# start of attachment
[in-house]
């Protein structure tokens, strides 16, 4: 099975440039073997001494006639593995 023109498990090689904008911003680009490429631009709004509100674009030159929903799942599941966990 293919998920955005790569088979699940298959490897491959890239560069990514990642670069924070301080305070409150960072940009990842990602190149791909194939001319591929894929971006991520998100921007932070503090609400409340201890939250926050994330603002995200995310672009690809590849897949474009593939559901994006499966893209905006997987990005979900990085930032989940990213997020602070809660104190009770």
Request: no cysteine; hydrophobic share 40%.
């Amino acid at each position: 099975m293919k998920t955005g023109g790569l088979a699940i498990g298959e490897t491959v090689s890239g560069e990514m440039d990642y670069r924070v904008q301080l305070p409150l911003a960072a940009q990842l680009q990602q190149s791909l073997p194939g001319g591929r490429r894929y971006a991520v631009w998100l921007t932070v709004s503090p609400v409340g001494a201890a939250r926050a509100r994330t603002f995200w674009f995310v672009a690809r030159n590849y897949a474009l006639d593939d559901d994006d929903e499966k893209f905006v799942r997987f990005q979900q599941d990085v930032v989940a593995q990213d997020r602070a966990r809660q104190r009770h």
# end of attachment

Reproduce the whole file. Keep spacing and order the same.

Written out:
[in-house]
């Protein structure tokens, strides 16, 4: 099975440039073997001494006639593995 023109498990090689904008911003680009490429631009709004509100674009030159929903799942599941966990 293919998920955005790569088979699940298959490897491959890239560069990514990642670069924070301080305070409150960072940009990842990602190149791909194939001319591929894929971006991520998100921007932070503090609400409340201890939250926050994330603002995200995310672009690809590849897949474009593939559901994006499966893209905006997987990005979900990085930032989940990213997020602070809660104190009770």
Request: no cysteine; hydrophobic share 40%.
């Amino acid at each position: 099975m293919k998920t955005g023109g790569l088979a699940i498990g298959e490897t491959v090689s890239g560069e990514m440039d990642y670069r924070v904008q301080l305070p409150l911003a960072a940009q990842l680009q990602q190149s791909l073997p194939g001319g591929r490429r894929y971006a991520v631009w998100l921007t932070v709004s503090p609400v409340g001494a201890a939250r926050a509100r994330t603002f995200w674009f995310v672009a690809r030159n590849y897949a474009l006639d593939d559901d994006d929903e499966k893209f905006v799942r997987f990005q979900q599941d990085v930032v989940a593995q990213d997020r602070a966990r809660q104190r009770h």